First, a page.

A child teaching others how to stop, drop and roll if clothing is caught on fire.

An exciting development is renewed funding of Child to Child Health Clubs, this time through the new “Healthy Women, Healthy Families” initiative of the PC(USA)’s International Health Ministries office. The initiative got off the ground with money from the Women’s Thank Offering; it is now able to expand to other areas. The photo is of a child teaching others how to stop, drop and roll if their clothing catches on fire. Considering that the majority of Malawians cook on open fires outside and that children are always around the fire, this is only one of the important lessons that the children learn in the Club and then share with other children in their homes and communities.

Jim has been busy introducing both state-of-the-art and ancient technologies to increase access to safe water and sanitation. He has used Android cell phones to conduct a household water-use survey and methods developed with the invention of steel in the 1600s to drill boreholes by hand. The Android phones can save a file that includes answers to a touch-screen questionnaire and the GPS location of the water-point as well as photographs. The file can then be uploaded from the water site to a Google server through the cell phone. The data from these very remote locations are then immediately available to anyone who has access to the Internet. We can then plot these data and recognize where people are drinking from unsafe sources.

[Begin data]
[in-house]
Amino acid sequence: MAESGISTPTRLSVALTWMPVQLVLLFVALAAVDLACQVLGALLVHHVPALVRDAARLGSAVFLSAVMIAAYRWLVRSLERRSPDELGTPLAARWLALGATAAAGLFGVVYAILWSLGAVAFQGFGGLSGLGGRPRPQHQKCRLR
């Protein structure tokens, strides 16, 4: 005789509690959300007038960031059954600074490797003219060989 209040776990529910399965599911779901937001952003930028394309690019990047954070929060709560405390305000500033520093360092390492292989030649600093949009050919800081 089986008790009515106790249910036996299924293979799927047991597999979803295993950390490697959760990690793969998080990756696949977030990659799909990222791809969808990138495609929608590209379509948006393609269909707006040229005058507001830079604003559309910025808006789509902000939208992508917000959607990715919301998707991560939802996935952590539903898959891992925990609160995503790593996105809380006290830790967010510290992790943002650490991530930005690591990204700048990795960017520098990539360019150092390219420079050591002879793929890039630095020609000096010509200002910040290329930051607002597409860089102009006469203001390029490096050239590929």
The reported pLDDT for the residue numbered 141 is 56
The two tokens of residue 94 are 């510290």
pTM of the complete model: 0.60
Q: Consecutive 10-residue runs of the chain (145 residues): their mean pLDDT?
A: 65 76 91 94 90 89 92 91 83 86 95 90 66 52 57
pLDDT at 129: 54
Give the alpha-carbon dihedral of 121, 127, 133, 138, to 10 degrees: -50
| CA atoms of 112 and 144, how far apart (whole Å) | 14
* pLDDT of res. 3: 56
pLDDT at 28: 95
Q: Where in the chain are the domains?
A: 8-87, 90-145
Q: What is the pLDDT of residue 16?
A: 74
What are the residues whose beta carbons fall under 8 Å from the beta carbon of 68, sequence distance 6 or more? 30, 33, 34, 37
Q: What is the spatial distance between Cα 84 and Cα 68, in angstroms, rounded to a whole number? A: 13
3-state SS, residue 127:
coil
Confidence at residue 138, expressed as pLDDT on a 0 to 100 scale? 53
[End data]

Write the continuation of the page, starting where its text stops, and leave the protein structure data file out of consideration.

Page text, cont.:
The older hand-drilling technologies are significantly cheaper than our current drilling rigs, allowing for more safe-water points to be installed as well making it possible for some individuals to purchase their own private wells.

The first short course of the newly established Centre of Excellence for Water and Sanitation at Mzuzu University was held in November. The course focused on increasing incentives for improved sanitation in primary schools. Since the majority of students only use school toilets for urinating, the design and construction of both boy and girl urinals were presented. Special attention is made for the girl-child facilities to provide necessary privacy so that adolescent girls will attend school when they are menstruating. The urinal design allows for urine collection, a valuable fertilizer because of its high nitrogen content. We then work with members of the school Environmental Clubs so that students can set up experiments to demonstrate that, depending on the quality of the existing soils, the use of urine can increase growth of trees and yield from gardens of up to 700 percent.

Thank you for continuing your financial support of our ministry during this difficult economic period, for your prayers and messages of support, for living Christ’s example by sharing God’s love through us, and for allowing us to be your emissaries.

Jim and Jodi

The 2011 Mission Yearbook for Prayer & Study, p. 67